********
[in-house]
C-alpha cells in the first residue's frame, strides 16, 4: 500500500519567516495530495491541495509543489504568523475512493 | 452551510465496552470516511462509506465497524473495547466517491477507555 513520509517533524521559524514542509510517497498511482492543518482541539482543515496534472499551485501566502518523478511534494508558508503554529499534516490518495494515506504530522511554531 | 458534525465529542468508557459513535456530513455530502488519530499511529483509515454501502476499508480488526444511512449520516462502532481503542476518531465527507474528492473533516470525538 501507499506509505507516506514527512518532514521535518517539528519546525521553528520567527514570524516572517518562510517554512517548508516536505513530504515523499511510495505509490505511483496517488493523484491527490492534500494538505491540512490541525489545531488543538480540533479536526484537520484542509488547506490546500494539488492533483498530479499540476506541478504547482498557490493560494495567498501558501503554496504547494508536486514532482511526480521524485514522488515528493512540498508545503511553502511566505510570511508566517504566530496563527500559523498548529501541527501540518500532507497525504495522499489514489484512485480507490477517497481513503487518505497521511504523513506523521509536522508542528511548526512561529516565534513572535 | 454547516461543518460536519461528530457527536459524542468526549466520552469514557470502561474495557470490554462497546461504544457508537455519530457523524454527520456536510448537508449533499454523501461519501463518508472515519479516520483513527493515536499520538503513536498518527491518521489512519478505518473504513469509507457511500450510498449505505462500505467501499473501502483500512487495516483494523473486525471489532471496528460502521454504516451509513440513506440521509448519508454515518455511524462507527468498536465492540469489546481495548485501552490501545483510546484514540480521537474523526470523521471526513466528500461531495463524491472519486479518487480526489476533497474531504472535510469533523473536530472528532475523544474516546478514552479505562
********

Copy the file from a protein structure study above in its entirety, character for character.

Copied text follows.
[in-house]
C-alpha cells in the first residue's frame, strides 16, 4: 500500500519567516495530495491541495509543489504568523475512493 | 452551510465496552470516511462509506465497524473495547466517491477507555 513520509517533524521559524514542509510517497498511482492543518482541539482543515496534472499551485501566502518523478511534494508558508503554529499534516490518495494515506504530522511554531 | 458534525465529542468508557459513535456530513455530502488519530499511529483509515454501502476499508480488526444511512449520516462502532481503542476518531465527507474528492473533516470525538 501507499506509505507516506514527512518532514521535518517539528519546525521553528520567527514570524516572517518562510517554512517548508516536505513530504515523499511510495505509490505511483496517488493523484491527490492534500494538505491540512490541525489545531488543538480540533479536526484537520484542509488547506490546500494539488492533483498530479499540476506541478504547482498557490493560494495567498501558501503554496504547494508536486514532482511526480521524485514522488515528493512540498508545503511553502511566505510570511508566517504566530496563527500559523498548529501541527501540518500532507497525504495522499489514489484512485480507490477517497481513503487518505497521511504523513506523521509536522508542528511548526512561529516565534513572535 | 454547516461543518460536519461528530457527536459524542468526549466520552469514557470502561474495557470490554462497546461504544457508537455519530457523524454527520456536510448537508449533499454523501461519501463518508472515519479516520483513527493515536499520538503513536498518527491518521489512519478505518473504513469509507457511500450510498449505505462500505467501499473501502483500512487495516483494523473486525471489532471496528460502521454504516451509513440513506440521509448519508454515518455511524462507527468498536465492540469489546481495548485501552490501545483510546484514540480521537474523526470523521471526513466528500461531495463524491472519486479518487480526489476533497474531504472535510469533523473536530472528532475523544474516546478514552479505562